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Jim Thompson’s The Killer Inside Me and the Crooked Game of Post-World War II America
Jamie Brummer

Though presenting itself as pulpy example of hardboiled American fiction, Jim Thompson’s The Killer Inside Me opens up in important and unexpected ways when read as a subversive Gothic novel. Such a reading sheds light on a range of marginalized characters (especially women and rural peoples) who often remain shadowed by more conventional readings. Reading the novel as Gothic also highlights thematic concerns which counter the halcyon image of post-World War II America as a golden age and reveal instead a contemporary landscape fraught with violence, alienation, and mental instability.

Gothic Studies
Vijay Mishra

straightforward appropriation of the Gothic under the sign of Hindu demonic sacralisation or monistic polytheism. It was, instead, yet another compromise, a compromise between the local and the Hollywood global, for the fact remains that the Bollywood Gothic film mode – the Bollywood Gothic noir – is directly indebted to the Hollywood Gothic noir, a cinematic form distinguished by a visual

in The Gothic and death
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Ben McCann

Grande vie [1960], Boulevard [1960]), chamber pieces (Marie-​Octobre [1959], Diaboliquement vôtre [1967]), and Gothic noir (La Chambre ardente [1962]). This period also saw Duvivier re-​imagine the coordinates of French noir and the fantasy film, two genres generally overlooked by most critics at the time. Voici le temps des assassins was not the final highpoint in his career, as most critics make out. Instead, post-​1956, Duvivier continued to push at the rigid boundaries between commercial and auteur projects, working with significant stars (Bardot, Darrieux, Delon

in Julien Duvivier

The gothic and death is the first ever published study to investigate how the multifarious strands of the Gothic and the concepts of death, dying, mourning, and memorialization – what the Editor broadly refers to as "the Death Question" – have intersected and been configured cross-culturally to diverse ends from the mid-eighteenth century to the present day. Drawing on recent scholarship in Gothic Studies, film theory, Women’s and Gender Studies, and Thanatology Studies, to which fields it seeks to make a valuable contribution, this interdisciplinary collection of fifteen essays by international scholars considers the Gothic’s engagement, by way of its unique necropolitics and necropoetics, with death’s challenges to all systems of meaning, and its relationship to the culturally contingent concepts of memento mori, subjectivity, spectrality, and corporeal transcendence. Attentive to our defamiliarization with death since the advent of enlightened modernity and the death-related anxieties engendered by that transition, The gothic and death combines detailed attention to socio-historical and cultural contexts with rigorous close readings of artistic, literary, televisual, and cinematic works. This surprisingly underexplored area of enquiry is considered by way of such popular and uncanny figures as corpses, ghosts, zombies, and vampires, and across various cultural and literary forms as Graveyard Poetry, Romantic poetry, Victorian literature, nineteenth-century Italian and Russian literature, Anglo-American film and television, contemporary Young Adult fiction, Bollywood film noir, and new media technologies that complicate our ideas of mourning, haunting, and the "afterlife" of the self.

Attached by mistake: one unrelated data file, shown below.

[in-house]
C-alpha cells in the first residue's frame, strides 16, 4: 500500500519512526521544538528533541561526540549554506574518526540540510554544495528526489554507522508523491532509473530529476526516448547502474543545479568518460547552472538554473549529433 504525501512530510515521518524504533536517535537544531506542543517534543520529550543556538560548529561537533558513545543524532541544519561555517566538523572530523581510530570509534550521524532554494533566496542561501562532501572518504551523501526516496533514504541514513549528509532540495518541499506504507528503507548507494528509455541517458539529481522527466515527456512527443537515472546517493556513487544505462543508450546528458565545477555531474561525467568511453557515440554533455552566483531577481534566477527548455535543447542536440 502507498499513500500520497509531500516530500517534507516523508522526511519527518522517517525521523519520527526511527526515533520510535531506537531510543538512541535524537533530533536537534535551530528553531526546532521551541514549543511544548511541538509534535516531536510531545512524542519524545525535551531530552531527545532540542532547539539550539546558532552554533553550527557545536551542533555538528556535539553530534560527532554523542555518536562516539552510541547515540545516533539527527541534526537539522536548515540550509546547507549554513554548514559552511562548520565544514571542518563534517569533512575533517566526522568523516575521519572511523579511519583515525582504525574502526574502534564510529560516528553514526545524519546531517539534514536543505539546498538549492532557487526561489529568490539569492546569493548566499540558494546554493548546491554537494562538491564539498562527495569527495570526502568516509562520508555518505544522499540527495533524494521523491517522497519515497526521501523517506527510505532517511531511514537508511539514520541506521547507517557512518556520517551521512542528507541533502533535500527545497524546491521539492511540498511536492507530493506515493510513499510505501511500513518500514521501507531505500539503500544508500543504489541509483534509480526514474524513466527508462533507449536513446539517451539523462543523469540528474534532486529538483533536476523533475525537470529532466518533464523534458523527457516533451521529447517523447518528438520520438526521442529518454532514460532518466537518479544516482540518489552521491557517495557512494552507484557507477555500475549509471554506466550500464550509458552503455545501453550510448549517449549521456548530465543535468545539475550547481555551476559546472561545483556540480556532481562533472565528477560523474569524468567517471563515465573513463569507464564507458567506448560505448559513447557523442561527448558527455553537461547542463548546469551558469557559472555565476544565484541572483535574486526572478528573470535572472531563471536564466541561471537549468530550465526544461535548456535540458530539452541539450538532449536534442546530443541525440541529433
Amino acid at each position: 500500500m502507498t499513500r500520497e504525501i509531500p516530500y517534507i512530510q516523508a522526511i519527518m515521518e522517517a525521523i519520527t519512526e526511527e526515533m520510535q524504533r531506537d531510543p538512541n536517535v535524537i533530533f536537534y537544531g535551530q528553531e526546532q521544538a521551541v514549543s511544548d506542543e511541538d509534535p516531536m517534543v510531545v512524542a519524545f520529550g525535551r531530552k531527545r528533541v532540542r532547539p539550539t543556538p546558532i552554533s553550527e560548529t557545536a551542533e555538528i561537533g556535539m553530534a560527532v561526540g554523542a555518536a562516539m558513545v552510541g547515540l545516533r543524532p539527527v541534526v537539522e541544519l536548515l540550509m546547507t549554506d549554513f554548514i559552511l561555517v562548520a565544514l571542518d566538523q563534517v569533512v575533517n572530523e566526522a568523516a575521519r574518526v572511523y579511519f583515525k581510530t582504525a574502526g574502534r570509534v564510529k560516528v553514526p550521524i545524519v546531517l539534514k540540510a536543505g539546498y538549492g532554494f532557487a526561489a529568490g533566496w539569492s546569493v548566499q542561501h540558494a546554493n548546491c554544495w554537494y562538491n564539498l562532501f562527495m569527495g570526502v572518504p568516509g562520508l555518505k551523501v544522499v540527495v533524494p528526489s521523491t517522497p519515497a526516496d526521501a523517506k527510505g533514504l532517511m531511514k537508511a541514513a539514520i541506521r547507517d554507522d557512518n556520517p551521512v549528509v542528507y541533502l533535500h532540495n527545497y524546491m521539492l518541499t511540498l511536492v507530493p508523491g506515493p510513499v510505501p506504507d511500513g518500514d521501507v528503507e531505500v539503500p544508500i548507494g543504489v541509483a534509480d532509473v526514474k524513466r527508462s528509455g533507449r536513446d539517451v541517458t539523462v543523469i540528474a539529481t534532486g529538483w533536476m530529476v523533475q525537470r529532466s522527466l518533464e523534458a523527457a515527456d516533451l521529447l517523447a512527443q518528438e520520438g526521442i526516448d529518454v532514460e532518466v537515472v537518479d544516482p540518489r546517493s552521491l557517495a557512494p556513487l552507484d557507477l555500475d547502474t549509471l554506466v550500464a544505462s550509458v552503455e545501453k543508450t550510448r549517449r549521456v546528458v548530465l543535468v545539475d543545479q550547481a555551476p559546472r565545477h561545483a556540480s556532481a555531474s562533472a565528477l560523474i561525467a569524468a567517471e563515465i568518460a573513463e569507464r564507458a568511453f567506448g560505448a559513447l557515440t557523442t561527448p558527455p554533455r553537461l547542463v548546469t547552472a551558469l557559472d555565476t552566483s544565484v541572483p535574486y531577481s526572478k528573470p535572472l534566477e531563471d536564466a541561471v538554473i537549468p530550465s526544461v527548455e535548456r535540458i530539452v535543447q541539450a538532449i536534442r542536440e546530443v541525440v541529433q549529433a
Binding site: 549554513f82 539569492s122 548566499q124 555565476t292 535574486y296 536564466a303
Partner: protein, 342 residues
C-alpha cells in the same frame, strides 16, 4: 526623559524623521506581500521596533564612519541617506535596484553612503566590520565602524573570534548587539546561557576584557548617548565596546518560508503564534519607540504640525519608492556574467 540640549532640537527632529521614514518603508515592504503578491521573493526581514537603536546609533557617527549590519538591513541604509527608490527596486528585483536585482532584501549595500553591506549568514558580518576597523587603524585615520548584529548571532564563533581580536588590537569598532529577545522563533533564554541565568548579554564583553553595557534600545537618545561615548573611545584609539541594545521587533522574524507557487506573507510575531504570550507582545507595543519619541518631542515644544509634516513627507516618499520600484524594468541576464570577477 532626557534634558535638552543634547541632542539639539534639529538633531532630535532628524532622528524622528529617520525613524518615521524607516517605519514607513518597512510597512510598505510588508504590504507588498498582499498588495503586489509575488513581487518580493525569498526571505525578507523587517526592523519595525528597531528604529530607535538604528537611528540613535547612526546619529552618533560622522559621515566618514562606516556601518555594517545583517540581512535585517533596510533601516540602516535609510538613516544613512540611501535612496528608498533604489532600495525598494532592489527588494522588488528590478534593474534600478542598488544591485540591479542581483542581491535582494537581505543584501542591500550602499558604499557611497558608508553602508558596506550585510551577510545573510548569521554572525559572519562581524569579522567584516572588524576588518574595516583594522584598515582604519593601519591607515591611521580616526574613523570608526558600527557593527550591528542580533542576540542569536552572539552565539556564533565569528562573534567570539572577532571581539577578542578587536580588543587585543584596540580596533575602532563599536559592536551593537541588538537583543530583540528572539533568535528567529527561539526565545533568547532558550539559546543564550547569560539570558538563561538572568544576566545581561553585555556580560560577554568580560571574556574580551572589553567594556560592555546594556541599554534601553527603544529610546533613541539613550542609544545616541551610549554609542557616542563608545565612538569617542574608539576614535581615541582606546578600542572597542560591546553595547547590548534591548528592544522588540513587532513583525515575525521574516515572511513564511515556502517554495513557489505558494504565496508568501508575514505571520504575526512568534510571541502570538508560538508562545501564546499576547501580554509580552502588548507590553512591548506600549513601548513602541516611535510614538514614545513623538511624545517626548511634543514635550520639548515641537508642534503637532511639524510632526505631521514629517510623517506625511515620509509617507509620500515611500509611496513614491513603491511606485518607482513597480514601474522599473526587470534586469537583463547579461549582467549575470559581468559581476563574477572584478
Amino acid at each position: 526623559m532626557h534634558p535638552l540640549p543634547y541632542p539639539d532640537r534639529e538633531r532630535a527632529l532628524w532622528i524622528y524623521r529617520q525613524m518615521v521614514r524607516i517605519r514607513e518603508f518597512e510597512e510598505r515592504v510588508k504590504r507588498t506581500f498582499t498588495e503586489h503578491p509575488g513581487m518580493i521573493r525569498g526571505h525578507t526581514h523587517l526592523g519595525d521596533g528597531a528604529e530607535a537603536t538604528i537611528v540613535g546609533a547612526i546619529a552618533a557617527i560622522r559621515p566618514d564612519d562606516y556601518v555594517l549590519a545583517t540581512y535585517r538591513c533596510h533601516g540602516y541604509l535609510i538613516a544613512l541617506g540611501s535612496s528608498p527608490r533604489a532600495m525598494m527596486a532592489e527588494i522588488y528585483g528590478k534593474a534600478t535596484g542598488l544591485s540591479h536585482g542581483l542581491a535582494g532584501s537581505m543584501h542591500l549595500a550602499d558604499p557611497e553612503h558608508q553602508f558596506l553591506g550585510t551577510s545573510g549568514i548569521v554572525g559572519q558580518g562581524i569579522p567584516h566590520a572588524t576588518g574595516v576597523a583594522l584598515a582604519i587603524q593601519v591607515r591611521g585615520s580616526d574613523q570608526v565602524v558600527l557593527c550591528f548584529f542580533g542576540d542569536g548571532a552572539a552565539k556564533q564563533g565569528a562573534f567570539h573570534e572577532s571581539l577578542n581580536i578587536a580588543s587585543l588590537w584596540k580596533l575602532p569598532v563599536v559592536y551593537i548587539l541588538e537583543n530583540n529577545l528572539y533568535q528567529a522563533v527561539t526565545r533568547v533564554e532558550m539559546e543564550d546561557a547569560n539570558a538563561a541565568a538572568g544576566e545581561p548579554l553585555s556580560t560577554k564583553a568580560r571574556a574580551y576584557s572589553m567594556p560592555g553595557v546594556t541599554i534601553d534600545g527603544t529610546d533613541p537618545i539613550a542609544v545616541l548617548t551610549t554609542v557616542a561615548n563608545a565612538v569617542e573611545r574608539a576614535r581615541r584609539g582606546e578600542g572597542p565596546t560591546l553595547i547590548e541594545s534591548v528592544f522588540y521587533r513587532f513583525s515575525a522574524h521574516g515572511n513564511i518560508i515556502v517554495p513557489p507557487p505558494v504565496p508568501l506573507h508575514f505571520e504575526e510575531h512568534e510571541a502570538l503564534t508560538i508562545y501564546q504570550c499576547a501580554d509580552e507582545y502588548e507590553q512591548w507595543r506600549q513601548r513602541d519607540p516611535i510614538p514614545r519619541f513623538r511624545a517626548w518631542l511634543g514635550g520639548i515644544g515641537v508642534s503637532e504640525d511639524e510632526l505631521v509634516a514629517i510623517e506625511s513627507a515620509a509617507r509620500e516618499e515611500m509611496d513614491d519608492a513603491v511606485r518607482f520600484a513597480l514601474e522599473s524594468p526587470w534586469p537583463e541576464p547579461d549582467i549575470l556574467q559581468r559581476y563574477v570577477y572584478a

The Gothic, death, and modernity
Carol Margaret Davison

questions about the fear of death. The section concludes with Vijay Mishra’s fascinating chapter, ‘Afterdeath and the Bollywood Gothic noir’ ( Chapter 12 ), an examination of a sub-genre of the capricious Indian cinematic melodrama that asks how culturally distinct figurations of death and an afterlife influence cinematic engagements with timeless ‘Gothic’ questions. Mishra

in The Gothic and death
Tim Bergfelder

himself as an artistically ambitious Hollywood director. He had to be content to manufacture adventure and crime films’. 7 In some cases, noir classics were rejected much more forcefully. A case in point was Robert Siodmak’s gothic noir masterpiece The Spiral Staircase (1946), which was condemned upon its German release in 1948 as a ‘typically American invitation to moral corruption’; 8 it was met with calls for boycott from Germany’s two

in European film noir
Popular culture and (non-Whedon) authorship
Matthew Pateman

. Whedon's worlds are many things, but all of them are celebrations of popular culture in its many guises. Most notably, each of his major shows exists as a hybrid concoction of a range of popular genres (gothic, noir, sitcom and so on). In their very form, then, Whedon creates shows that are quintessentially located in popular culture. But while this may be true at a general level, it is also the case

in Joss Whedon